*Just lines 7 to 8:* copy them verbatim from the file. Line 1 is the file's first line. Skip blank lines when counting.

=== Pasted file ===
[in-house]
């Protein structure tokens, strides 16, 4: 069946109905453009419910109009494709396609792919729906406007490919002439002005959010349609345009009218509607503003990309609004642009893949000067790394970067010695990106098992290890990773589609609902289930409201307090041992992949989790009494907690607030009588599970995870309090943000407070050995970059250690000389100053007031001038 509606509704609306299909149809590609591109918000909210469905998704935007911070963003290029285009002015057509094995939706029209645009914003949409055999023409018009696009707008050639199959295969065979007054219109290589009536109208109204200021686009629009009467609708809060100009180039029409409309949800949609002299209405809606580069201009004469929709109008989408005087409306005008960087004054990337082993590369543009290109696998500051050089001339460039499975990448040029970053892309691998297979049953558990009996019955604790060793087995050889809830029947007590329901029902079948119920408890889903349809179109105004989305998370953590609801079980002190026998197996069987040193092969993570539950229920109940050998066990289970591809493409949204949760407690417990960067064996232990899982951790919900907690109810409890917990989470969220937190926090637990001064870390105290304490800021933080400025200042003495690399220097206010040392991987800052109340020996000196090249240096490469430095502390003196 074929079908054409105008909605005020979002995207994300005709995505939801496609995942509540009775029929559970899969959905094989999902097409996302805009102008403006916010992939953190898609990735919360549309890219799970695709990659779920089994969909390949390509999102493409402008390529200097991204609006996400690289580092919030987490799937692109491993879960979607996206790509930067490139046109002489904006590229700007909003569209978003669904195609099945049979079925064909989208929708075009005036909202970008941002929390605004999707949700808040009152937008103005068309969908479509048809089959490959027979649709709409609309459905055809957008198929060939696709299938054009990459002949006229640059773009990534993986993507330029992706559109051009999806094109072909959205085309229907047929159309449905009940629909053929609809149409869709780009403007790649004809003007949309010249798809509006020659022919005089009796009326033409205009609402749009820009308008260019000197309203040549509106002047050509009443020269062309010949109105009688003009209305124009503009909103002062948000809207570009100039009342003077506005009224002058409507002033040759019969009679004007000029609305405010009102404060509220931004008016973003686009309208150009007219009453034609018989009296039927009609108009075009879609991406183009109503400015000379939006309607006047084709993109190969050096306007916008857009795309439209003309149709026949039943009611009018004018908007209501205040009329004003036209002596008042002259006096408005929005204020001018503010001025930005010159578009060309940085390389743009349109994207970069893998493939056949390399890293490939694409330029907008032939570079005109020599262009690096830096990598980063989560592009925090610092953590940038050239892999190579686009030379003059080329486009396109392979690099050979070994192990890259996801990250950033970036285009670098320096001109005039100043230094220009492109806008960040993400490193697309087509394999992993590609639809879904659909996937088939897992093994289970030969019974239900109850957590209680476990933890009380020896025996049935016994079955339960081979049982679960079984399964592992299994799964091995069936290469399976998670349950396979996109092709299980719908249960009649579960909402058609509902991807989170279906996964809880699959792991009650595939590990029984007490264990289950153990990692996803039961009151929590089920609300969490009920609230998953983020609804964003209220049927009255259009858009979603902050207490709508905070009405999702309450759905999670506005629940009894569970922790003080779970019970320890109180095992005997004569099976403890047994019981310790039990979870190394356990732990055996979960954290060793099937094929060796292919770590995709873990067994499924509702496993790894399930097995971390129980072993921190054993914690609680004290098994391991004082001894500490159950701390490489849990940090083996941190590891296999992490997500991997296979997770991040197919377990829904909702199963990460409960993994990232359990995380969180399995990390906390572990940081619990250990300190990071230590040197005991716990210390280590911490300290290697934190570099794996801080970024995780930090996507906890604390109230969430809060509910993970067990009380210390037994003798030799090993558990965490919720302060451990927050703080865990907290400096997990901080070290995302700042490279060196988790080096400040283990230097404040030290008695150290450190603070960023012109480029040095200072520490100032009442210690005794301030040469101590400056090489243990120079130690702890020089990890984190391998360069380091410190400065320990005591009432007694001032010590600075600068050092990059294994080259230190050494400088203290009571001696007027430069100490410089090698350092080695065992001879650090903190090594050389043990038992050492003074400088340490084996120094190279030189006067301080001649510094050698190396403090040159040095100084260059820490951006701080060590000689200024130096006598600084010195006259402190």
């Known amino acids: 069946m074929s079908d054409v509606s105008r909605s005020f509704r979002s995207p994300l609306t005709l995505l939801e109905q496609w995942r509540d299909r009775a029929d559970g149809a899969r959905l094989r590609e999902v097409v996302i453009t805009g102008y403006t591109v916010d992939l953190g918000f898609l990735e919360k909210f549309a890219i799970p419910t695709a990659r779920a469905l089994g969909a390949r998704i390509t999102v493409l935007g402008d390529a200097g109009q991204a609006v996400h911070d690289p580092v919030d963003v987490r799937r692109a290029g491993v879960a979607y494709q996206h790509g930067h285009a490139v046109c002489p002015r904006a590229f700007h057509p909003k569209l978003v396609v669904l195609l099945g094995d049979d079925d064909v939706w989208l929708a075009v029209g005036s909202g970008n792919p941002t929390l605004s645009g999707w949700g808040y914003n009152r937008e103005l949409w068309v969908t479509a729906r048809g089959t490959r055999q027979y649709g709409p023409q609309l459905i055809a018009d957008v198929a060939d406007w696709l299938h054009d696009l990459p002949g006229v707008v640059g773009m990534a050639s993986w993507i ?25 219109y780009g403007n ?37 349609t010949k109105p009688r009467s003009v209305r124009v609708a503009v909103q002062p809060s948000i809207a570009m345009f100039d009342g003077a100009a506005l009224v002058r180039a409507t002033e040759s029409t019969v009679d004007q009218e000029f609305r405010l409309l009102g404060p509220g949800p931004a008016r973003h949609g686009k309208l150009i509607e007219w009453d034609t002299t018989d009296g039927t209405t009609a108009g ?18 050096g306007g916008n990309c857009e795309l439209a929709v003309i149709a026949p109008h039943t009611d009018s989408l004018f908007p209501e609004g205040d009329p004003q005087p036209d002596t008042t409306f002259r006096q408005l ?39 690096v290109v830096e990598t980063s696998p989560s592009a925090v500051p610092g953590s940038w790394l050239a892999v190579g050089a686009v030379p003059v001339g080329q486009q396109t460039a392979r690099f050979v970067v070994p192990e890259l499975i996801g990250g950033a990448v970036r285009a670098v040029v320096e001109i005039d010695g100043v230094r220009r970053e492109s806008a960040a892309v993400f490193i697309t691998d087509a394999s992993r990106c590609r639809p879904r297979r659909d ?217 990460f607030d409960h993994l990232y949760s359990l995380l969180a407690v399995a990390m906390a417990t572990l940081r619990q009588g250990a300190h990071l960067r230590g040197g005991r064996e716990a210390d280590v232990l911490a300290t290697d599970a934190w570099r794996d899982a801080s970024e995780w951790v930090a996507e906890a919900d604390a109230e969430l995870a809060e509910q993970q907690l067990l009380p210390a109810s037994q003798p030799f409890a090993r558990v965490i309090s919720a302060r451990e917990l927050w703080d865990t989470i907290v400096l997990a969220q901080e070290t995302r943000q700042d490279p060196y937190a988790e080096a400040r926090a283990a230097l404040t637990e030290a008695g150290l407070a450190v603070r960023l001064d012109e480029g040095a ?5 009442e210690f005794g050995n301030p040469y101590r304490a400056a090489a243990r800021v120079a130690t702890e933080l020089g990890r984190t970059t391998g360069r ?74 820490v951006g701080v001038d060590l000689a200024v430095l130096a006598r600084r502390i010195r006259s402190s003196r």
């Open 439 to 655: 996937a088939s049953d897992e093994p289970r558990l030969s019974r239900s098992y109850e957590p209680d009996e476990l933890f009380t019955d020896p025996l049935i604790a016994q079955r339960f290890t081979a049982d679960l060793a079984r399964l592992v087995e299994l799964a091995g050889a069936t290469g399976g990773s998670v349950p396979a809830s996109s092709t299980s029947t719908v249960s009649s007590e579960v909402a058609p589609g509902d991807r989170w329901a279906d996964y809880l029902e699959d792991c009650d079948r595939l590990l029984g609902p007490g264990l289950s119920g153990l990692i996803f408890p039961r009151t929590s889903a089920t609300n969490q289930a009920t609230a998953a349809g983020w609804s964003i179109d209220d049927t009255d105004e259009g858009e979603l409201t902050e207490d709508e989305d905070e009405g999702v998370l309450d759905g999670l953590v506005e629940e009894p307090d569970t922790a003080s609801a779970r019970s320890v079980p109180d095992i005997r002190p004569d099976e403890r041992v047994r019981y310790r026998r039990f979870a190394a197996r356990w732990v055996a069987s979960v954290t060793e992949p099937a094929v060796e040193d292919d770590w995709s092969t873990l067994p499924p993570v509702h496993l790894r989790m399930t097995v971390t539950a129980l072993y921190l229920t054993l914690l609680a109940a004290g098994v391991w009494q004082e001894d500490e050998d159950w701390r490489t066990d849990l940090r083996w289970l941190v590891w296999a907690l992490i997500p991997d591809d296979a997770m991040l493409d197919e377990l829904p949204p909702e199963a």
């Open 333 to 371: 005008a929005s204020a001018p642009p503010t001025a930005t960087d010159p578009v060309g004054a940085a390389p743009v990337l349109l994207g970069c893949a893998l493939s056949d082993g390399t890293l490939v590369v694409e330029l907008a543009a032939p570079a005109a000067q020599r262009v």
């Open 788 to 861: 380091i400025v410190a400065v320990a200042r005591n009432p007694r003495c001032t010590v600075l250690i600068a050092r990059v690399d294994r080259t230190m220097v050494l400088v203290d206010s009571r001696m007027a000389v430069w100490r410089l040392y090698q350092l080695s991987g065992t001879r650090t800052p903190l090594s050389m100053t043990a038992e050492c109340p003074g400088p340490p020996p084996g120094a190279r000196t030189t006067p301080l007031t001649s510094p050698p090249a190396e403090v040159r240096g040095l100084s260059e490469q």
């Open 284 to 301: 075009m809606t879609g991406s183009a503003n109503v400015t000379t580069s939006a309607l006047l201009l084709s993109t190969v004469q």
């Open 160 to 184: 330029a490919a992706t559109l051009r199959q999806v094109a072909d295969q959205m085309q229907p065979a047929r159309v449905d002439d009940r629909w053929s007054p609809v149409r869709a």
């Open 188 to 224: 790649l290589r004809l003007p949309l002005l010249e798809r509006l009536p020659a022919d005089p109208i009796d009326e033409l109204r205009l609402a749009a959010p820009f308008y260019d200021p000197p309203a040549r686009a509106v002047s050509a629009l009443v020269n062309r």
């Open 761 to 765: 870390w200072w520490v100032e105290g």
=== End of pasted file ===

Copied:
């Open 284 to 301: 075009m809606t879609g991406s183009a503003n109503v400015t000379t580069s939006a309607l006047l201009l084709s993109t190969v004469q």
């Open 160 to 184: 330029a490919a992706t559109l051009r199959q999806v094109a072909d295969q959205m085309q229907p065979a047929r159309v449905d002439d009940r629909w053929s007054p609809v149409r869709a």